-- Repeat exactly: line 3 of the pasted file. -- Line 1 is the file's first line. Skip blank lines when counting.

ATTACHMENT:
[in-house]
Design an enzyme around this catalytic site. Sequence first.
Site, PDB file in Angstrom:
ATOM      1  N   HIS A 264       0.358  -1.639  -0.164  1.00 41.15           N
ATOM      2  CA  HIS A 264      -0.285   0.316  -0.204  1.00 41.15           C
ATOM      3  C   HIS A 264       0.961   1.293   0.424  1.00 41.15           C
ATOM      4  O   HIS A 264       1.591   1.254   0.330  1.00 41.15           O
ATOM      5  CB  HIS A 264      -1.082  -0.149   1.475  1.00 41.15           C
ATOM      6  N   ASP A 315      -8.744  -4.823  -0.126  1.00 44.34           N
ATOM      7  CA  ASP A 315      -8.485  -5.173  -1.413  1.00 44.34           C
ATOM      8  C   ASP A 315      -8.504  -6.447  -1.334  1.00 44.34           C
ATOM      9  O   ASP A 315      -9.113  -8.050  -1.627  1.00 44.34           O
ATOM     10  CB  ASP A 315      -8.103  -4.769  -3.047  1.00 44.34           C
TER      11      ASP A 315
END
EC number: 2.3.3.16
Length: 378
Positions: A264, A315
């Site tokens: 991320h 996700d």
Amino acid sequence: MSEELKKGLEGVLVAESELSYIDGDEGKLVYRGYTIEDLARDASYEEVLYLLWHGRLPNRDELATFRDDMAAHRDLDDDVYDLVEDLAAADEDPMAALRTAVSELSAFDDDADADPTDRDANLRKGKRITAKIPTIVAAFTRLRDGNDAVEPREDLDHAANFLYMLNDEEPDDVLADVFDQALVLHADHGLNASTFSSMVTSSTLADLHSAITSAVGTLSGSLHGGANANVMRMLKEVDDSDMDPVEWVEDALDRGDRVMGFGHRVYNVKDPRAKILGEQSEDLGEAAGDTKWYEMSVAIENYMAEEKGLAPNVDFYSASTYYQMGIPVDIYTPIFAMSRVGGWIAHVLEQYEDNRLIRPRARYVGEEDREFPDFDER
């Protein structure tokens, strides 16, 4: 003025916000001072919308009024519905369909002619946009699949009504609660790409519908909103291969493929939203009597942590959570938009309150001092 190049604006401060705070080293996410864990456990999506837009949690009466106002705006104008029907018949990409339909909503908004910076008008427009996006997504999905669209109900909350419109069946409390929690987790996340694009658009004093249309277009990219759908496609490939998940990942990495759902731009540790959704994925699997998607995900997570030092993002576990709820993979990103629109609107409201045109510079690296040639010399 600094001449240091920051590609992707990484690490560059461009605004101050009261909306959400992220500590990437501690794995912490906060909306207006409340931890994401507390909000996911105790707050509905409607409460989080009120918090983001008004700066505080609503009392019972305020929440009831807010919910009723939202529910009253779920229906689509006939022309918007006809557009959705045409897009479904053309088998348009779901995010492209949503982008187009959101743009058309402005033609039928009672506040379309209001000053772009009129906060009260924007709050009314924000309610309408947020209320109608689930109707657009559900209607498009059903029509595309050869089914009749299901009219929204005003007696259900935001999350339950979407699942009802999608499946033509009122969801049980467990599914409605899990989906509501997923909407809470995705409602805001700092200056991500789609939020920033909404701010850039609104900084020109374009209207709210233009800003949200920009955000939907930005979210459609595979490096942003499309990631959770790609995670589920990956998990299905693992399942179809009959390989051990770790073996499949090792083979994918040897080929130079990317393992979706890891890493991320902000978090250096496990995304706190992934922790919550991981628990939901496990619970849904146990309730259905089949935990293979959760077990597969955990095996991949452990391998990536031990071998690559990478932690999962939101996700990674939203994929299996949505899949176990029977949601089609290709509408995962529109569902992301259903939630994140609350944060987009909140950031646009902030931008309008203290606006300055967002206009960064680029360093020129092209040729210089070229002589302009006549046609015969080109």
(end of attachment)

Site, PDB file in Angstrom: